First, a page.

The first questions that might pop into your head would be, "A South Korean-made monster movie? Wait, does it use stop-motion photography to animate the monster?" Very funny but I´m here to tell you that you would be surprised what $10 million can buy you away from Hollywood. Various pieces of the special effects on this film are actually produced by some of the biggest names in the business including Weta Workshop, The Orphanage Inc. and John Cox´s Creature Workshop.
On the surface, "The Host" may seem like a generic-sounding monster movie but at its core, it is really a social commentary on the ills of continued American military presence in South Korea, the environment and pollution and the importance of sticking together as a family. It is that last point about familial ties that makes this film not only enjoyable but touching as well. Proving once again that monster movies do not always have to be just about blood and gore to keep the audience engaged.
The creature depicted here is not some mystical monster awakened from its dormant sleep but is actually a result of man´s carelessness in treating the environment. The opening scene shows an American doctor at a military base ordering his South Korean assistant to get rid of hundreds of old bottles of formaldehyde by pouring the contents down the sink. The toxic contents empty into the Han River, the country´s main tributary that flows through the capital city, Seoul. This reckless act is used as the main reason for why an aquatic animal from the Han River mutates into a hideous man-eating creature that now prowls the river´s edge and the surrounding network of sewage drains. It may be a bit far-fetched but hey, this is after all a movie about a mutated monster.
Central to the story is the Park family, who runs a snack shack located by the river. Gang-Doo (Song Kang-Ho) is a slow-witted man and together with his father Hee-Bong (Byun Hee-Bong), they serve customers--who have come to enjoy the serene surroundings--various snacks and drinks. Other members of the Park family include Gang-Doo´s young daughter Hyun-Seo (Ko A-Sung), his sister Nam-Il (Park Hae-Il) who is a champion archer (South Korea is home to many world and Olympic champions in the sport of archery) and his bitter and unemployed college-educated brother Nam-Joo (Bae Doo-Na), who is also an alcoholic.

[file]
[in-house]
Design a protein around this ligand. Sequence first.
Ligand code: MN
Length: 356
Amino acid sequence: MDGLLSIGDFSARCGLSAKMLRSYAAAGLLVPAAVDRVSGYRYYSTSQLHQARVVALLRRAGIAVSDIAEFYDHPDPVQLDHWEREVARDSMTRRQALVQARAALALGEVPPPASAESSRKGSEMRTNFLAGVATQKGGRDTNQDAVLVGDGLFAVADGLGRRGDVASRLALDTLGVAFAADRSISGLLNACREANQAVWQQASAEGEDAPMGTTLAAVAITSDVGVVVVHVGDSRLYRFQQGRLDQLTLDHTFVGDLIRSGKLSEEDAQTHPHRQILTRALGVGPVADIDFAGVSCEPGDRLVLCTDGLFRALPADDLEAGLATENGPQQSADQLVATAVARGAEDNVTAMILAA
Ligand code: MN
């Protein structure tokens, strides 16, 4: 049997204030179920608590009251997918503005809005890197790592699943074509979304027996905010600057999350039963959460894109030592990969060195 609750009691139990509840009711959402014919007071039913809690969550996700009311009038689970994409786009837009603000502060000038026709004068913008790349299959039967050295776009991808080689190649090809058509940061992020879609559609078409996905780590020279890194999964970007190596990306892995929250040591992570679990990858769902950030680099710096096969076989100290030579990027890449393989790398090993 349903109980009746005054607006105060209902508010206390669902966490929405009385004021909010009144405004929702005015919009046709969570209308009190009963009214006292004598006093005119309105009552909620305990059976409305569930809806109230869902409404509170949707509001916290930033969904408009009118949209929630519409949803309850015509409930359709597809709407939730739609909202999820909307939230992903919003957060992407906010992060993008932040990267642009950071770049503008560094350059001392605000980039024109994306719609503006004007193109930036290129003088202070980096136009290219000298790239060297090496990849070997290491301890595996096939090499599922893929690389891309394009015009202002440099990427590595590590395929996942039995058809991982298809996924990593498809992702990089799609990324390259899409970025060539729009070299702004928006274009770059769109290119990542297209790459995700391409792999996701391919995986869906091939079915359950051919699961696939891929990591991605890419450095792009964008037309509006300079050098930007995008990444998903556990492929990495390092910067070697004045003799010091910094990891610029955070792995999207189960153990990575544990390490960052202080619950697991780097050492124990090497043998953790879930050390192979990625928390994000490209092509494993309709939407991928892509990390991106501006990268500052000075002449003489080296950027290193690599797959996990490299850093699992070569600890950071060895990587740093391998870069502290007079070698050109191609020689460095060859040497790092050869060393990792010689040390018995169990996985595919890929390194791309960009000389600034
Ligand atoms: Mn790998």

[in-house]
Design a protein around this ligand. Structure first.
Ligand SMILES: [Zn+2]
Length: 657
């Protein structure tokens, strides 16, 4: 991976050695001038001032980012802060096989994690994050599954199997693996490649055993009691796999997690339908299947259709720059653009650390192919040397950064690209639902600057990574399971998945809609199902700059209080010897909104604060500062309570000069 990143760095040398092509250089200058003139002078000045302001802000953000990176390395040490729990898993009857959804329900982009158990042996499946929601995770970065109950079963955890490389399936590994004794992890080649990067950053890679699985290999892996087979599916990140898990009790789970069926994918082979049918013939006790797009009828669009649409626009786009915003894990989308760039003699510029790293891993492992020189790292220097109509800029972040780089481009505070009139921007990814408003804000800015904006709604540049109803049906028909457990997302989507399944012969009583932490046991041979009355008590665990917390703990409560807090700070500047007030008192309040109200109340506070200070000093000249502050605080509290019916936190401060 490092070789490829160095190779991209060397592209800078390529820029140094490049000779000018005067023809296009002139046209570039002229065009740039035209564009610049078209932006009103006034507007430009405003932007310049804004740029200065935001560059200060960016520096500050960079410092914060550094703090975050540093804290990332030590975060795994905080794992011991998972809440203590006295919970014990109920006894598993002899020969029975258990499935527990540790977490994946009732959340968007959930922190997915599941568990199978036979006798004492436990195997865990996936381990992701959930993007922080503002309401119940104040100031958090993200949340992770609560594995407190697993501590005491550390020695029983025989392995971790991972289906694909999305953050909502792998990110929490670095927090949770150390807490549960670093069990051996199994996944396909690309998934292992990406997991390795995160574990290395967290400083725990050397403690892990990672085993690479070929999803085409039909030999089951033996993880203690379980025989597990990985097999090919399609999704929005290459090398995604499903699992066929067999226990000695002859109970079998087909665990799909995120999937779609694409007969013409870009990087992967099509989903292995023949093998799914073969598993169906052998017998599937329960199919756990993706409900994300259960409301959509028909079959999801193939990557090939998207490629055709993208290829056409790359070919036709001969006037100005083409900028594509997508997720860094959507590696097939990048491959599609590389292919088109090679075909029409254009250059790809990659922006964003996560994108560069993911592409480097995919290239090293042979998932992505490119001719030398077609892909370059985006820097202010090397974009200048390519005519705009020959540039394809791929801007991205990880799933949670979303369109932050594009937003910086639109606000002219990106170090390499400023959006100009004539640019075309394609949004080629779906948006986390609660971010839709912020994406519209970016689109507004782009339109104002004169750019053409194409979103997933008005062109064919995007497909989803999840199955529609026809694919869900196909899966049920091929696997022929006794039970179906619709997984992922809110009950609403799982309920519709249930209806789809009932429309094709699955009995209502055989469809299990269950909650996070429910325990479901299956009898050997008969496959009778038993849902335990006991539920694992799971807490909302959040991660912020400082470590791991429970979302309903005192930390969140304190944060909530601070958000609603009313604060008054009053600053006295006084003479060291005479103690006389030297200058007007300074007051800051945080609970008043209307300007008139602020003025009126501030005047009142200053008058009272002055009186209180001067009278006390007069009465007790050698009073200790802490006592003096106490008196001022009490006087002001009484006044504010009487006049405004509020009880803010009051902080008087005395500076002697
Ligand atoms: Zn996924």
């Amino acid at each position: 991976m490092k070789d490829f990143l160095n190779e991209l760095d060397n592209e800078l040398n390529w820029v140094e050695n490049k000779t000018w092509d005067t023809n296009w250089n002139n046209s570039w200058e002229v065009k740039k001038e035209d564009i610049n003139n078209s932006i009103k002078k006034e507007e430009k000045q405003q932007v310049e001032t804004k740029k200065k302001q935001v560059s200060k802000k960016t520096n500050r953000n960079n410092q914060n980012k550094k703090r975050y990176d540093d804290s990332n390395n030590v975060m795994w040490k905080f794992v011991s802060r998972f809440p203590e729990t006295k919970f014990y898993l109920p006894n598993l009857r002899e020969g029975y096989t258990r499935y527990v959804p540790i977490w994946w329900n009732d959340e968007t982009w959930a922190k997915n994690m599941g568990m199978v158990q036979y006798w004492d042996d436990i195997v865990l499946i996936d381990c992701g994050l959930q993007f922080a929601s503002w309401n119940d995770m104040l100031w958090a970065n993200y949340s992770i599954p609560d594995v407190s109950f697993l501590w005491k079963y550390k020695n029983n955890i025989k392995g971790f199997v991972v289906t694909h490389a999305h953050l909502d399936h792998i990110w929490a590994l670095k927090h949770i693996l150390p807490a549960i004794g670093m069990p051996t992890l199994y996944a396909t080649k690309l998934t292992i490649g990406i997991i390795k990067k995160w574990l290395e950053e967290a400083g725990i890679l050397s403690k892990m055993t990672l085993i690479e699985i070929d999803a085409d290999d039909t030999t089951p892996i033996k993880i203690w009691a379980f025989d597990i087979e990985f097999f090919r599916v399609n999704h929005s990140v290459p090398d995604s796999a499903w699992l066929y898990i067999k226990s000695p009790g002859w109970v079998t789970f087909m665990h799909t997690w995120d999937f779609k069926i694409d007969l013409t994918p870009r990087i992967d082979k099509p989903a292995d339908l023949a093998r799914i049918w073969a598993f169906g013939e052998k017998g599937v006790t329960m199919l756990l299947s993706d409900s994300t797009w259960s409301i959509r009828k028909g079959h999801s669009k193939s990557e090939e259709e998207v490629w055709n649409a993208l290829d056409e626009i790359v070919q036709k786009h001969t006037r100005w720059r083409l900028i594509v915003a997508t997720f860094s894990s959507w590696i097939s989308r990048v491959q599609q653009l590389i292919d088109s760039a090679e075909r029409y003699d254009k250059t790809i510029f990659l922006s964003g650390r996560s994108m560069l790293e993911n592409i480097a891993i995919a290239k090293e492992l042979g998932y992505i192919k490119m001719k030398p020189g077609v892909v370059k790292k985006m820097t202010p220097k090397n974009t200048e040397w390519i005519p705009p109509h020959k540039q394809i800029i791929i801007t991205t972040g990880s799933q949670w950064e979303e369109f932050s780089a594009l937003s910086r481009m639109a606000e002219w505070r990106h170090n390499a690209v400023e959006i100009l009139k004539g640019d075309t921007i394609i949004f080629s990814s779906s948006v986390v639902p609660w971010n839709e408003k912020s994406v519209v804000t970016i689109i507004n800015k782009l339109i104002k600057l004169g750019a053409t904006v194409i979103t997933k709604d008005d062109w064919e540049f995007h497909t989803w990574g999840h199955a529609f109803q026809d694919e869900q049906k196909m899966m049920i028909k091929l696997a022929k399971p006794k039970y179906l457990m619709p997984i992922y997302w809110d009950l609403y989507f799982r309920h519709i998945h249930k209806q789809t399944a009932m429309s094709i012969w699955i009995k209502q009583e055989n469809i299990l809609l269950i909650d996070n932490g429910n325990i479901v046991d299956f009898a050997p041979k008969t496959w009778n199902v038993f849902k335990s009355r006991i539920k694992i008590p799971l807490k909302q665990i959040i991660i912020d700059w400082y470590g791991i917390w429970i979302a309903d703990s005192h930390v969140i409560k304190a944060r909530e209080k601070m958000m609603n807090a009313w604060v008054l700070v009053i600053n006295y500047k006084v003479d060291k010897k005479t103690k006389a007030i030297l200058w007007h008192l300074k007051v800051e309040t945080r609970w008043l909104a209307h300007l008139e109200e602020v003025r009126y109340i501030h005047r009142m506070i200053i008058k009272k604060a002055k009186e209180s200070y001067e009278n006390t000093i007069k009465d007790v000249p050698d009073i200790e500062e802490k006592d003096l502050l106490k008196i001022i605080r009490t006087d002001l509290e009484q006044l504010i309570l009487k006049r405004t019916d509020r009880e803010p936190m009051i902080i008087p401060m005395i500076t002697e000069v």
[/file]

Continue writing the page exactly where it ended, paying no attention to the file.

On a beautiful afternoon, a group of people started to gather around the base of a bridge gawking at an unidentified creature hanging from the bottom of the bridge. Without warning, the monster started attacking everyone in its path. In the ensuing chaos, Gang-Doo loses sight of Hyun-Seo and she is snatched up by the monster and taken away--presumably to be eaten elsewhere.
This big opening scene is probably the most exciting and intense of all because it not only shows you the monster up close and personal but most surprisingly, it was allowed to occur so early in the film. Movie monsters are seldom revealed until much later into the film--something about teasing the audience. Director Bong Joon-Ho just obliterates that arcane concept and shoves the monster right into our faces. It is not only a refreshing change of pace but exhilarating as well.
Later on, while all the survivors of the attack are quarantined at a detention center, Gang-Doo receives a brief and garbled phone call from Hyun-Seo´s cell phone, a clear indication that she is still alive. Of course, when the authorities turn a deaf ear to Gang-Doo´s pleas for them to help find his daughter, the dysfunctional Park family decides to take matters into their own hands. And this is where the fun really starts. The unpredictable dynamics between the individual family members is such that there is never a dull moment when they are together. One minute, they could be cursing at one another and the next, hugging and crying. Even a simple scene where the four of them are just sitting around slurping down bowls of instant noodles can provide such subtle moments of hilarity that it is hard to imagine that these are really actors and not actually related to each other.
While the Park family´s obstacle-strewn journey to rescue Hyun-Seo is the highlight of the film, director Bong is able to add a layer of social commentary into his film. Mostly critical of the people in authority, Bong portrays the government and other international health agencies (like the CDC or Centers for Disease Control and Prevention) as incompetent liars who are trying to cover-up their own misdeeds. Instead of dealing with the man-eating monster and its origins, the government tries to deflect the media´s focus by stressing the danger of a non-existent virus carried by the monster.